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VICTOR JOECKS: As Las Vegas crime soared, the prison population dropped

Reducing the prison population is a counterproductive response to surging crime. But that’s what Nevada has been doing.

The Nevada Department of Sentencing Policy has a dashboard showing how many people are incarcerated at the end of each month. At the end of 2018, the count was 13,800.

Recent years have seen an explosion of crime. In 2019, there were 144 homicides in Clark County. That jumped to 195 in 2020 and skyrocketed to at least 245 in 2021. In just five days last week, there were six homicides. Las Vegas has a murder problem.

Property crime is up, too. This summer, the Metropolitan Police Department reported a year-over-year increase of 15 percent in property crimes. Around the Strip, there was a staggering 45 percent increase. Henderson officials don’t want residents to know, but crime is surging in their city, too.

Given this, you might guess that the prison population was increasing. Clark County and Nevada aren’t synonymous, but the former is home to around 74 percent of the state’s residents.

But the prison population has not risen. Quite the opposite. It has fallen significantly. In October, the latest data available, it had dropped to 10,300. That’s a 25 percent decrease in four years.

That doesn’t make any sense — if your priority is public safety. But Democrats, who control both houses in Carson City, have successfully pursued a different goal. They want fewer people incarcerated.

In 2019, the Legislature passed Assembly Bill 236. It dramatically reduced penalties for repeat offenders and certain crimes. For instance, it raised the threshold for felony theft to a staggering $1,200. In California, which nationally is often seen as the poster child for lax theft laws, the threshold is $950.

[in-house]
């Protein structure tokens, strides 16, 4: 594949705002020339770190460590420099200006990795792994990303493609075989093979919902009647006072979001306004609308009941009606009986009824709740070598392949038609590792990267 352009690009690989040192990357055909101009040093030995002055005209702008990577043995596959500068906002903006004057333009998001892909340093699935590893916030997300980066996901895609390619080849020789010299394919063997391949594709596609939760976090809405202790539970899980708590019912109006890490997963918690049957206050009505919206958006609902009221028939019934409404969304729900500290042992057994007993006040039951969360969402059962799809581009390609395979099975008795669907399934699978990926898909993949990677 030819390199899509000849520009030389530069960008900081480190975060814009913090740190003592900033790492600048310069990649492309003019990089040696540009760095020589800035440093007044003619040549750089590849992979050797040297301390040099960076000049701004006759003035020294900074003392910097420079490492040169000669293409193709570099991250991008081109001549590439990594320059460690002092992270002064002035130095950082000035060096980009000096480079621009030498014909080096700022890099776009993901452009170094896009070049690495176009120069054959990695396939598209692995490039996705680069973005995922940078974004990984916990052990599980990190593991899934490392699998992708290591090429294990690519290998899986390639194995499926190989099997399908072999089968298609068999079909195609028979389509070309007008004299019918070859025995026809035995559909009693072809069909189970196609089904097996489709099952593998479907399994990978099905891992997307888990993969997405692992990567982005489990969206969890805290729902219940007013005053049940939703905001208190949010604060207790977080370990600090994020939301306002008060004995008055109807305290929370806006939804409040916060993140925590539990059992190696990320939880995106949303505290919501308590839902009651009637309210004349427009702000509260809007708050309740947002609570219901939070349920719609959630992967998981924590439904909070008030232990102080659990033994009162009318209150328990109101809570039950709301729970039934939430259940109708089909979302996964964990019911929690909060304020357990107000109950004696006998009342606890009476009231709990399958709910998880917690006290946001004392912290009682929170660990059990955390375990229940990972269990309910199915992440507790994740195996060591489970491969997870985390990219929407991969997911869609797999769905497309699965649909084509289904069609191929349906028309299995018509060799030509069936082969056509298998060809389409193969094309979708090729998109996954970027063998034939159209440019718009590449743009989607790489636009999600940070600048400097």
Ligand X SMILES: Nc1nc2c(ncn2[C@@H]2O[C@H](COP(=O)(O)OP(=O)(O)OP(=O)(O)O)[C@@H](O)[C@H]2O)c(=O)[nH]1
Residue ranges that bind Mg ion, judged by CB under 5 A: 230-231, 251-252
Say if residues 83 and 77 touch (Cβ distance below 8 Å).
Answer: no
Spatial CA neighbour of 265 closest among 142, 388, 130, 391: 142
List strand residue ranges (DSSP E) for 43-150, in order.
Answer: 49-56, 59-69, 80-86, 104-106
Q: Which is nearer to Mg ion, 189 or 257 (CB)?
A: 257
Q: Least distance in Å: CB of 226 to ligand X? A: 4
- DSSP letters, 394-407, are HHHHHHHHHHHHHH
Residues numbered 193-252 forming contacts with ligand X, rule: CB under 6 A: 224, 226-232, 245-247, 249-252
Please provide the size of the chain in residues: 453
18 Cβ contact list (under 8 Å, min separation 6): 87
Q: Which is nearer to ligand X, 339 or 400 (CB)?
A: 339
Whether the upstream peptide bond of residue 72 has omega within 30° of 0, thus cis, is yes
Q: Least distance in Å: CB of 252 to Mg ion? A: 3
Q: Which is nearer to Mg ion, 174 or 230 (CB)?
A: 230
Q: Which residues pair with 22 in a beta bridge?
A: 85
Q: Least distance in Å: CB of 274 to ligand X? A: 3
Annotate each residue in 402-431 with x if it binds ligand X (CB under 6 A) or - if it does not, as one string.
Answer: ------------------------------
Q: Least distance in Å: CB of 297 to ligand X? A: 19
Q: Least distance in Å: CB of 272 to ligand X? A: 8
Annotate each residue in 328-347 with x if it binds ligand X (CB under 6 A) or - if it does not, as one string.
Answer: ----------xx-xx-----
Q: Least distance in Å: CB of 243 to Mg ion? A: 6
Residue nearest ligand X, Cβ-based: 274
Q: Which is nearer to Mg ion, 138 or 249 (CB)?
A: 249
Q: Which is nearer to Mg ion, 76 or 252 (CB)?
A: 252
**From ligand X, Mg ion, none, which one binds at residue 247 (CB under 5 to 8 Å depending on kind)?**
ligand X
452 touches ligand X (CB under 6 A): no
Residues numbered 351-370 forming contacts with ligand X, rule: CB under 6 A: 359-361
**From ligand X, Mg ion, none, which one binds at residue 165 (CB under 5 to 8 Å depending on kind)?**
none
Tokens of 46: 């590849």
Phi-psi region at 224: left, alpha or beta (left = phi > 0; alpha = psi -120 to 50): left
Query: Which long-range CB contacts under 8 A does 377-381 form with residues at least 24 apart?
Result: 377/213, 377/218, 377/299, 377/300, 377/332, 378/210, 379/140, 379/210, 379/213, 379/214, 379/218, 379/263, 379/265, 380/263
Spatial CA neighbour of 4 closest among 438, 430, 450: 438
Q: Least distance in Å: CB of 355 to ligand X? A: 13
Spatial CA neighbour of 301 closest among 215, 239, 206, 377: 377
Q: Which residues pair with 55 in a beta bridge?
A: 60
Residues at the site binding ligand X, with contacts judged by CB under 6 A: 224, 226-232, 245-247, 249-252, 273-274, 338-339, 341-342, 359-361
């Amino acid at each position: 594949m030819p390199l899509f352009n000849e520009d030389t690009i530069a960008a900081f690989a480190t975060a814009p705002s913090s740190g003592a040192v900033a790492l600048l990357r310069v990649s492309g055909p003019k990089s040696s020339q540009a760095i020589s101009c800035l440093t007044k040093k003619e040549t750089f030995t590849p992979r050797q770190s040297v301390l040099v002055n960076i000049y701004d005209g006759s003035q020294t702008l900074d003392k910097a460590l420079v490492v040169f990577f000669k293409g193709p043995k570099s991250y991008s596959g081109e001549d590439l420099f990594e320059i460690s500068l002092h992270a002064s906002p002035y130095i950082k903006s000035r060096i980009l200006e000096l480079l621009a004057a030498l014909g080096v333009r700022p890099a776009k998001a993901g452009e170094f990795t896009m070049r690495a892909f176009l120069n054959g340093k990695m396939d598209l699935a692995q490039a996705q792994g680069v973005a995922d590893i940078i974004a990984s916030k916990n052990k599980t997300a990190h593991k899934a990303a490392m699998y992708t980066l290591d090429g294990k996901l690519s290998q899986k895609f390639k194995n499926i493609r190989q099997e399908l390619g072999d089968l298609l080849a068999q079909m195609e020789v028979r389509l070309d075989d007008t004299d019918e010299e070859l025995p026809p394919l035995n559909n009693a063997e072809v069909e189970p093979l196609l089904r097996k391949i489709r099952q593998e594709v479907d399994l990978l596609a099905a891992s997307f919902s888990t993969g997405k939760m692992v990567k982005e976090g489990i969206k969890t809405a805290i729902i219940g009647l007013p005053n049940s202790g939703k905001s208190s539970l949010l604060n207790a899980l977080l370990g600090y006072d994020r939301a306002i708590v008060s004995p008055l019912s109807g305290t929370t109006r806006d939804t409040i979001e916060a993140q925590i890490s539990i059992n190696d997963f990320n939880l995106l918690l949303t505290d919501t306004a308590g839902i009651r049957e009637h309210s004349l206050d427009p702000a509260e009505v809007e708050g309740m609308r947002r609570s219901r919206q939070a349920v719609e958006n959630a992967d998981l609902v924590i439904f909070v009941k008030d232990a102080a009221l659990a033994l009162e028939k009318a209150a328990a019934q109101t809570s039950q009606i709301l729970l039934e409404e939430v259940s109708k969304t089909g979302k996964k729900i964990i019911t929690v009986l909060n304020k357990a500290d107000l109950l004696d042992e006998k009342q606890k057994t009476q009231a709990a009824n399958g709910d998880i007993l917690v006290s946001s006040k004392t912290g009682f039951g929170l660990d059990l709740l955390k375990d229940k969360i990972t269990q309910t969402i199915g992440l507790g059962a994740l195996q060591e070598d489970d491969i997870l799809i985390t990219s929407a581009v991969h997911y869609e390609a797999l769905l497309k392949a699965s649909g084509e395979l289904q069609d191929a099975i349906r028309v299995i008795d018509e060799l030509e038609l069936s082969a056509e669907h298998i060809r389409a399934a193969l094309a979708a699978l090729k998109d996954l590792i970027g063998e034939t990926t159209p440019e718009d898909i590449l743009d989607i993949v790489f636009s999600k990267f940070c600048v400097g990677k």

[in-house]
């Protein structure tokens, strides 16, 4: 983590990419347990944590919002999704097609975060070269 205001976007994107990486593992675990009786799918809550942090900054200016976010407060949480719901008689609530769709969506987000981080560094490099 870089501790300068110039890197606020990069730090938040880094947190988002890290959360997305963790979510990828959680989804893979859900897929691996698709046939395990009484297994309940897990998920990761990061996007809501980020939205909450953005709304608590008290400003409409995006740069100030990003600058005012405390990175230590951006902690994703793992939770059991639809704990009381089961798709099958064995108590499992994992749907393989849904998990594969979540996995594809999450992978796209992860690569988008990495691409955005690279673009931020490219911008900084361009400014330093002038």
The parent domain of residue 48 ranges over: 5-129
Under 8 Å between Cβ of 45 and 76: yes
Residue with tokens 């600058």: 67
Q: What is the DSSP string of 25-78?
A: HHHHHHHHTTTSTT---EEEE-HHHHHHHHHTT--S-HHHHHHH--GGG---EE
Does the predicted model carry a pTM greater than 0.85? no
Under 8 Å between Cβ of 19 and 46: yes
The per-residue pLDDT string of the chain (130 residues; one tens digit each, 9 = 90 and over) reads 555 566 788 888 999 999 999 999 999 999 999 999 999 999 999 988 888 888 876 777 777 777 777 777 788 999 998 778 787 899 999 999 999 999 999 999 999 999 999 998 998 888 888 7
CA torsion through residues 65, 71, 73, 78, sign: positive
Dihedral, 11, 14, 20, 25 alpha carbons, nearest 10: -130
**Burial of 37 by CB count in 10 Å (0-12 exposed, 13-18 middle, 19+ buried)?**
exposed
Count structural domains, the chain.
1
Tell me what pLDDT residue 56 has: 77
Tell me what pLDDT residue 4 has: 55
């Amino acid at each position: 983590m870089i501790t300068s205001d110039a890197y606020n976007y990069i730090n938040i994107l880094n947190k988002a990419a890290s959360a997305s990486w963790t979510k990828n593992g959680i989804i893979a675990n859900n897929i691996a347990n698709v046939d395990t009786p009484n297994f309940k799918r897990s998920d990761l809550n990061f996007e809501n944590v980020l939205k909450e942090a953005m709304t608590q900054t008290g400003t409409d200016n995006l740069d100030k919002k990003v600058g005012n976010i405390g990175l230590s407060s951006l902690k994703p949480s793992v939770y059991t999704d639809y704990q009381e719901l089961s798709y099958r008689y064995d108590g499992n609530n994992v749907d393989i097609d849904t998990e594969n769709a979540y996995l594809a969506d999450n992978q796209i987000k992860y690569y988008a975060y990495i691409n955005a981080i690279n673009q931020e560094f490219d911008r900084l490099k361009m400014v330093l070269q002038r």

Democrats succeeded in reducing the prison population. But that’s an accomplishment only if it can be done while maintaining public safety. Prisons are expensive, but they’re essential. The possibility of going to prison is a deterrent that keeps some people from committing crimes. For those who break the law anyway, being locked anyway prevents them from harming others in the public. Plus, justice demands a criminal suffer a punishment that fits his wrongdoing.

This sets up an interesting fight for the next legislative session. During the campaign, Gov.-elect and Sheriff Joe Lombardo blasted Gov. Steve Sisolak for signing AB236.

But changes will require the go-ahead from likely Assembly Speaker Steve Yeager. He was the bill’s chief sponsor. He wrote in the Review-Journal, “There is no evidence the bill has resulted in increased crime in Nevada.”

He must have missed the many instances of people arrested and released before allegedly committing more serious crimes, including murder. As it turns out, criminals who are in jail commit fewer crimes than criminals allowed to roam the streets.

With Democrats in charge, Lombardo may not get the reforms he wants this session. Instead of accepting a weak compromise, he should demand a strong bill with an eye on 2025. Make the case that the Democrats’ preference for releasing criminals endangers public safety. There are plenty of data and anecdotes supporting that.

If Democrats refuse to fix their bill, they’ll be gift-wrapping Lombardo and Republicans a major campaign issue for 2024.

Contact Victor Joecks at vjoecks@reviewjournal.com or 702-383-4698. Follow @victorjoecks on Twitter.

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